Knowing the basics of commercial real estate also requires knowing what kind of properties are considered CRE. These are the big categories:

  • Office Spaces: These properties house businesses and can range from skyscrapers in bustling city centers to suburban office parks. Office spaces are often classified as Class A, B, or C, with Class A being the highest quality in terms of location, construction, and amenities. Class A buildings represent the most prestigious buildings competing for premier office tenants, typically commanding above-average rents .
  • Retail Spaces: Retail properties include shopping centers, malls, and standalone stores. These spaces are designed for businesses that sell goods and services directly to consumers. Location is key in retail, with high foot traffic areas being particularly desirable. The International Council of Shopping Centers (ICSC) emphasizes the importance of location, accessibility, and visibility in determining a retail property’s success .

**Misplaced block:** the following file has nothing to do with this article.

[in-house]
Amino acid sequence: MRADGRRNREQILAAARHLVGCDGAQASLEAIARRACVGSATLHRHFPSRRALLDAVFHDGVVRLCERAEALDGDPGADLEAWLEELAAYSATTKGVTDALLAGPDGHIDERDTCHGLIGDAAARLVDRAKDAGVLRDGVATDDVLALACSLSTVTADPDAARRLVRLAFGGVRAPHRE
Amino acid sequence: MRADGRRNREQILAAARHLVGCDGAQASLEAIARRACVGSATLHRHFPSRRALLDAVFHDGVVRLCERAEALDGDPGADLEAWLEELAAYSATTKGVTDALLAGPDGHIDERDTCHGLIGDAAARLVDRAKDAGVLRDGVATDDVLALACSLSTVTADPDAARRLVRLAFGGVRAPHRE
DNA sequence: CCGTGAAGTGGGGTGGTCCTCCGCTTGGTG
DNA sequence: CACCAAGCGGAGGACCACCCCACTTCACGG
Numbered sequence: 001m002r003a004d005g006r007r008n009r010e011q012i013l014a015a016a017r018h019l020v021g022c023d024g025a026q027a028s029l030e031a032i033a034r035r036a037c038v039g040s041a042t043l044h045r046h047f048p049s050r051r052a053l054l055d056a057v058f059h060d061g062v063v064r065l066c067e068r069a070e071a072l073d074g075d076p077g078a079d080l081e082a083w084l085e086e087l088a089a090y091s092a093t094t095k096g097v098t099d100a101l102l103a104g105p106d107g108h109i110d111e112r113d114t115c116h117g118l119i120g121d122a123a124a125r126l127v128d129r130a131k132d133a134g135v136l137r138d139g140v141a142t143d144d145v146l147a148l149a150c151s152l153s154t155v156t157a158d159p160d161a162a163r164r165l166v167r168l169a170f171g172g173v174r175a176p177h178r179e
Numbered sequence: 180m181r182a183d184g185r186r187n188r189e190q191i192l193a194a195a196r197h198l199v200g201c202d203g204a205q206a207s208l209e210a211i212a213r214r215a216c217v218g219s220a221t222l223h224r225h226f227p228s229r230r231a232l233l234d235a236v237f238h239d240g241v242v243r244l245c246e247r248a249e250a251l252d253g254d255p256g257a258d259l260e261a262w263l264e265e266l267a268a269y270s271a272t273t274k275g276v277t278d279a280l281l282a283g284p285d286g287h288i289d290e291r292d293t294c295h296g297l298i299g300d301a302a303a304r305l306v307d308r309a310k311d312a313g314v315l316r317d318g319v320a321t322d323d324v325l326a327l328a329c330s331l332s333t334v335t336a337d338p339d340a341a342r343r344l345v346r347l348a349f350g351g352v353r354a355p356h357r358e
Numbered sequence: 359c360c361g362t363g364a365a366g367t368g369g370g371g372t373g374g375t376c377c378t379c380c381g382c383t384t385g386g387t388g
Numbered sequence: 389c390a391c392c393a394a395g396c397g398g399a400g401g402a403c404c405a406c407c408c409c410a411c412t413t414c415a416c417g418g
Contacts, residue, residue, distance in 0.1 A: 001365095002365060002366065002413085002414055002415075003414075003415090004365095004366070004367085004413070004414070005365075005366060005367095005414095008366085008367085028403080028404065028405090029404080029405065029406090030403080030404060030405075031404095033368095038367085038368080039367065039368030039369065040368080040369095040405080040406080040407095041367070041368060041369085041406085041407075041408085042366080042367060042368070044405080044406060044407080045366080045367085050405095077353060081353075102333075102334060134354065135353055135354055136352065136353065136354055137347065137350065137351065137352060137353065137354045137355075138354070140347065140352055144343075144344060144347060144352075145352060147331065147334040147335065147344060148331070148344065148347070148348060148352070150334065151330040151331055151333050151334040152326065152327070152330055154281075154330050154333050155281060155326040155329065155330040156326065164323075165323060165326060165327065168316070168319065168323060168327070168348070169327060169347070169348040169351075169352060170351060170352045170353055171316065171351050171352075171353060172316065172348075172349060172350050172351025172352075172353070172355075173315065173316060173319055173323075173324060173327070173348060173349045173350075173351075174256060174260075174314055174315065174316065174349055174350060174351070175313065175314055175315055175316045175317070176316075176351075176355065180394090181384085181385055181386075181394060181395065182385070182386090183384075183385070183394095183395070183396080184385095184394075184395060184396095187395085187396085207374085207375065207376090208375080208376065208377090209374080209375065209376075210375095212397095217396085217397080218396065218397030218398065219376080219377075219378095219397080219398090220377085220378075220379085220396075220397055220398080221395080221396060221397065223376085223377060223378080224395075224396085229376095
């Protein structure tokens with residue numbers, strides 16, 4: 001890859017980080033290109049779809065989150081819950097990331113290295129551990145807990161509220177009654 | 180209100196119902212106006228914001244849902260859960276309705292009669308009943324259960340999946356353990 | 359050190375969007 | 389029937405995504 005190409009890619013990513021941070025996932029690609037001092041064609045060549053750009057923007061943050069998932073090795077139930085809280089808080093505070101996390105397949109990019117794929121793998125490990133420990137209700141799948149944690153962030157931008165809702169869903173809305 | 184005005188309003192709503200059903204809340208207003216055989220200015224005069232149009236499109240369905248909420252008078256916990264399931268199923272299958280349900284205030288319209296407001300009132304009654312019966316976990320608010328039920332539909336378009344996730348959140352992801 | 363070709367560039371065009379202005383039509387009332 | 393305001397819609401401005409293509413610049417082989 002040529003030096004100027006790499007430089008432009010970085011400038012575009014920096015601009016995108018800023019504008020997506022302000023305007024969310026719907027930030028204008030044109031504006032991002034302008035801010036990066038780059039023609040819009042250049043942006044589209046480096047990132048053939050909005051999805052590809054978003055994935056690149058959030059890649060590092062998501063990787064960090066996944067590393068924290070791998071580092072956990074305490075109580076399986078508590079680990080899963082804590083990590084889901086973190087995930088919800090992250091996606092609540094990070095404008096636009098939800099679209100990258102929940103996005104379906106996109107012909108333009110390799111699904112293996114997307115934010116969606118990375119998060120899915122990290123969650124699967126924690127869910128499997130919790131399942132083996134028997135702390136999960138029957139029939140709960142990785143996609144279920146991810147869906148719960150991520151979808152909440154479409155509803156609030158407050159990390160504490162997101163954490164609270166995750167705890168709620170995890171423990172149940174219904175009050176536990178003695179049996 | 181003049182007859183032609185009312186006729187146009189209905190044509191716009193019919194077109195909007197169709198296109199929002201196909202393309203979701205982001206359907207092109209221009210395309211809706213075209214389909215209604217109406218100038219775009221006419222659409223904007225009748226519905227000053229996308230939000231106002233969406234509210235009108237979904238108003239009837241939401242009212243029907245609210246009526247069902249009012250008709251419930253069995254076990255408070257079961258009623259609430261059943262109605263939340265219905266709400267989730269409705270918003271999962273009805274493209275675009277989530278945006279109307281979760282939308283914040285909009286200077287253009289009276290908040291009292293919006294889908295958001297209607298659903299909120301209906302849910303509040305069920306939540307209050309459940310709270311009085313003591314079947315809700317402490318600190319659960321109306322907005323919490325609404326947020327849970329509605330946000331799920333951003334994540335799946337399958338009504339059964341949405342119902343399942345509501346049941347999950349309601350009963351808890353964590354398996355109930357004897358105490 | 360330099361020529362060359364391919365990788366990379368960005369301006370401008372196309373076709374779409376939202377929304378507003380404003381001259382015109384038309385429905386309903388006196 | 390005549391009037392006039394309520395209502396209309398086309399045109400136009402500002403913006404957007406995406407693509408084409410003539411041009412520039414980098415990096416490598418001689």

• Industrial Properties: These include warehouses, manufacturing facilities, and distribution centers. Industrial properties are essential for businesses involved in production, storage, and logistics. Proximity to transportation hubs is often a critical factor. The National Association of Realtors (NAR) highlights the growth in e-commerce as a significant driver of demand for industrial spaces. 
  • Multifamily Properties: Unlike single-family homes, multifamily properties contain multiple residential units within one building or complex. These properties can range from small apartment buildings to large complexes and are a popular investment choice due to steady rental income. According to the Urban Land Institute, multifamily housing has been one of the most resilient sectors in real estate due to consistent demand for rental housing .

  • Special Purpose Properties: These are properties designed for a specific use, such as hotels, self-storage facilities, and medical centers. Their specialized nature can offer unique investment opportunities. As noted by the American Hotel & Lodging Association (AHLA),, special purpose properties like hotels can provide substantial returns but require expert management and market knowledge .